Appeal from the Order of the Court of Common Pleas of Philadelphia County in case of Commonwealth of Pennsylvania v. Emery Dawes, Inc., No. 2355 May Term, 1979.
Thomas M. Nocella, for appellant.
J. Leonard Langan, Assistant Attorney General, with him Kenneth W. Makowski, Acting Chief Counsel, and Harvey Bartle III, Acting Attorney General, for appellee.
Judges Mencer, Blatt and Craig, sitting as a panel of three. Opinion by Judge Craig.
[ 55 Pa. Commw. Page 302]
Emory W. Dawes, Incorporated (licensee) appeals from an order of the Court of Common Pleas of Philadelphia County, which affirmed the imposition of a $300 fine and revocation of licensee's Sunday liquor sales permit by the Pennsylvania Liquor Control
[ 55 Pa. Commw. Page 303]
Board (PLCB), on the ground that licensee had furnished false information to the PLCB regarding sales of food and beverages in connection with its application for a Sunday permit under Section 406 of the Liquor Code, Act of April 12, 1951, P.L. 90, as amended, 47 P.S. § 4-406.
After hearing the case de novo, the trial court found that the PLCB had established that licensee had sumitted false information, based on the following facts.
Licensee applied for the Sunday permit in August 1978 and certified that from September 19, 1977 to August 8, 1978, its total sales were $37,028, of which $15,268, or 41.3%, represented sales of food and non-alcoholic beverages; thus licensee represented sales of alcoholic beverages totaling $21,760. Section 406 requires, as a condition of receiving a Sunday permit, that a minimum of 40% of a licensee's total sales be sales of food and non-alcoholic beverages.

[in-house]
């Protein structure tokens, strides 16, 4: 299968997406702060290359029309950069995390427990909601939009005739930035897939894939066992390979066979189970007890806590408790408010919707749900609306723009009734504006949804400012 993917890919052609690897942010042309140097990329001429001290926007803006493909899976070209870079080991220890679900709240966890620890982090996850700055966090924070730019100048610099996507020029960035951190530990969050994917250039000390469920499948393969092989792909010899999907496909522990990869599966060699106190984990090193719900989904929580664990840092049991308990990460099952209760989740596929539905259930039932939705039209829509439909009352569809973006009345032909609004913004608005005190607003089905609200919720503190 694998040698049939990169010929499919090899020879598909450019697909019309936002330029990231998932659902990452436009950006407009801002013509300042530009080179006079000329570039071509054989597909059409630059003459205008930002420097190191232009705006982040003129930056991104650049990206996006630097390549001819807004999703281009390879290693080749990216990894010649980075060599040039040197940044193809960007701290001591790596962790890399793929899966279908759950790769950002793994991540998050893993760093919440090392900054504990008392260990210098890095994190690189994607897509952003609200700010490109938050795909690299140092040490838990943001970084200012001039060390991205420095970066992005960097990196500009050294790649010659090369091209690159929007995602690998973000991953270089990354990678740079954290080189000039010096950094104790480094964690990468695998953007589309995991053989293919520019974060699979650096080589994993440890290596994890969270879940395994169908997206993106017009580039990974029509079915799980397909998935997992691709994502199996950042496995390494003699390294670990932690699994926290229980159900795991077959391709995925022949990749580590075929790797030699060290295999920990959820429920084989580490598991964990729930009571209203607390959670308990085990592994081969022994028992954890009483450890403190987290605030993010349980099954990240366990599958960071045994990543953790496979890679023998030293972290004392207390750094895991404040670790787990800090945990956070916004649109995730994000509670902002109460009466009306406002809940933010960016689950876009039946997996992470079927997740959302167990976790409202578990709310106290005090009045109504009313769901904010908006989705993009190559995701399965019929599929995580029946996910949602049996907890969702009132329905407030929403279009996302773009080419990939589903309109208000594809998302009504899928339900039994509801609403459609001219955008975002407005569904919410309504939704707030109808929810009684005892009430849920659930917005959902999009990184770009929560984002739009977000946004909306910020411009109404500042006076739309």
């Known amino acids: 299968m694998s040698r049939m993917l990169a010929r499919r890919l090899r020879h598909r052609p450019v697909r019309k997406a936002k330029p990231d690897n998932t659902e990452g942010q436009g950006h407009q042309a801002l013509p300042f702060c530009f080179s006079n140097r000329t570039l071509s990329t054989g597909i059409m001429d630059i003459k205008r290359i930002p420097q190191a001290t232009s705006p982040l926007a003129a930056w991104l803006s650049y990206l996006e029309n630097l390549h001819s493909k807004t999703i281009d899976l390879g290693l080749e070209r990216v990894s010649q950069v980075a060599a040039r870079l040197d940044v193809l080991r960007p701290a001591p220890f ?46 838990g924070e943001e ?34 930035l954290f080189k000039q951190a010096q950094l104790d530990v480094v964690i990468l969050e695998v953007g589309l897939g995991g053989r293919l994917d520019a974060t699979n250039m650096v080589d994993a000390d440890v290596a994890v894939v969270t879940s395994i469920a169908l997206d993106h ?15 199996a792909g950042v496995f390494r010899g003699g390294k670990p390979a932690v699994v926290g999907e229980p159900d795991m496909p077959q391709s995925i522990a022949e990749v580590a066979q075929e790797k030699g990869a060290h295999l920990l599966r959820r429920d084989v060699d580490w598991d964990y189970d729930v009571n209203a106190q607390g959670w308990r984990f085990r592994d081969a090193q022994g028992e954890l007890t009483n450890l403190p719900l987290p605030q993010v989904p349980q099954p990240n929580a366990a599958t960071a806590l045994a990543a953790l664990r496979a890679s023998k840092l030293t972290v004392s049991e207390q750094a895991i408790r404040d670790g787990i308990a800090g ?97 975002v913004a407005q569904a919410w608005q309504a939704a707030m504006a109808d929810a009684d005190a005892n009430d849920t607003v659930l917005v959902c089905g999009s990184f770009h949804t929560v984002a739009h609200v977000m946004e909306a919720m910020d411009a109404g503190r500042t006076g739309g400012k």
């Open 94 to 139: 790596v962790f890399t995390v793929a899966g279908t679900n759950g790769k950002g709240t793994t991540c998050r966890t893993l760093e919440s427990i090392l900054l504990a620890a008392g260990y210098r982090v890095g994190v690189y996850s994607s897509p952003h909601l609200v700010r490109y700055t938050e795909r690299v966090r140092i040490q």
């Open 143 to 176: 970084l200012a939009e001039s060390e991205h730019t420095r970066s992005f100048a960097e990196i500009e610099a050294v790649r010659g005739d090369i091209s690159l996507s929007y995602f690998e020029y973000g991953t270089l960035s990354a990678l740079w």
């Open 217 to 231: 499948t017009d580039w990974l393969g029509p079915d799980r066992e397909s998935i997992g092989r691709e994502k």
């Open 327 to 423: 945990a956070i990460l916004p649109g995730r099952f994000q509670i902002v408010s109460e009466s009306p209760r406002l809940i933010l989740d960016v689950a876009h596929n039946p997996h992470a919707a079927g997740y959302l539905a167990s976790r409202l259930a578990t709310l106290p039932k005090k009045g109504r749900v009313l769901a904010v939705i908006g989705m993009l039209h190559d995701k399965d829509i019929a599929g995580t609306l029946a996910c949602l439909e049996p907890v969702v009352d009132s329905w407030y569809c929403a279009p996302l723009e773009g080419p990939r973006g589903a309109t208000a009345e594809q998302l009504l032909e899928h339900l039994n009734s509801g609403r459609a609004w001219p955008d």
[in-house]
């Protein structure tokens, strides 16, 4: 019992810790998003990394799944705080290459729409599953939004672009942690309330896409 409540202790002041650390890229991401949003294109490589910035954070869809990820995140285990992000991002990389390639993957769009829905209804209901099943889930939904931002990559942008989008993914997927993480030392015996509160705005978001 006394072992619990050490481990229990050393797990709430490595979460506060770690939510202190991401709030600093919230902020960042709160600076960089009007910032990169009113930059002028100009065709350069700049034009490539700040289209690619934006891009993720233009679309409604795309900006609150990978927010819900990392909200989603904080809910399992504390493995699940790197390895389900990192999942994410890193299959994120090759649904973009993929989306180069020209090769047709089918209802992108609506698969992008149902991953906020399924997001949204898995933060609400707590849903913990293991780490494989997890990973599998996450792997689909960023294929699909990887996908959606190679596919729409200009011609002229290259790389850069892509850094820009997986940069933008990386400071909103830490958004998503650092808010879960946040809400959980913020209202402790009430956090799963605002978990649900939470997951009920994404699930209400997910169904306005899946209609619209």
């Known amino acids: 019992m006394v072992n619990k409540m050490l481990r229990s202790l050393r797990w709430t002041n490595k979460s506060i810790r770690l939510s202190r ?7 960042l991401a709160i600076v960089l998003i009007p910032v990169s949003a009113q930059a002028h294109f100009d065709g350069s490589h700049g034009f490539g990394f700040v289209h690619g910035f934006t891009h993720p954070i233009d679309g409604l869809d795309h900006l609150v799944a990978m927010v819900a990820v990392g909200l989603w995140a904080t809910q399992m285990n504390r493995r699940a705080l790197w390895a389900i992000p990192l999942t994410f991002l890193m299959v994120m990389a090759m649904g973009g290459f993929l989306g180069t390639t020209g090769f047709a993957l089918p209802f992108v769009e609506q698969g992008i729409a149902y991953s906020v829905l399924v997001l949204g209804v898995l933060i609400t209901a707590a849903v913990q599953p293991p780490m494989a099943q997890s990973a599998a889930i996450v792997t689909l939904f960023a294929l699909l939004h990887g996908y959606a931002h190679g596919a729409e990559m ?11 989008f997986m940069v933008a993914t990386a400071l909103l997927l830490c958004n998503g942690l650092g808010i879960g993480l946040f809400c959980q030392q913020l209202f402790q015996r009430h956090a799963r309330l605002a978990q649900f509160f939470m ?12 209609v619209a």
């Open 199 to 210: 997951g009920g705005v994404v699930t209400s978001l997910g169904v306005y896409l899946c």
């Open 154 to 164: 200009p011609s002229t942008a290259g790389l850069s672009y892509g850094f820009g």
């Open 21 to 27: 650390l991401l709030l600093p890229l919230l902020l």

The court concluded that testimony by a PLCB investigator demonstrated that licensee's sales of alcoholic beverages in fact totaled $33,969 in that period, as opposed to the submitted figure of $21,760; taking into account the submitted figure of $15,268 in sales of food and non-alcoholic beverages, the relevant percentage was in fact 31%, as opposed to the 41.3% figure submitted by the licensee.
The court thus affirmed the action taken by the PLCB and dismissed licensee's appeal.
Our scope of review is limited to a determination of whether the board's order is supported by sufficient evidence and whether or not the lower court committed an error of law or abused its discretion. The question here is thus whether the PLCB's revocation order is supported by substantial ...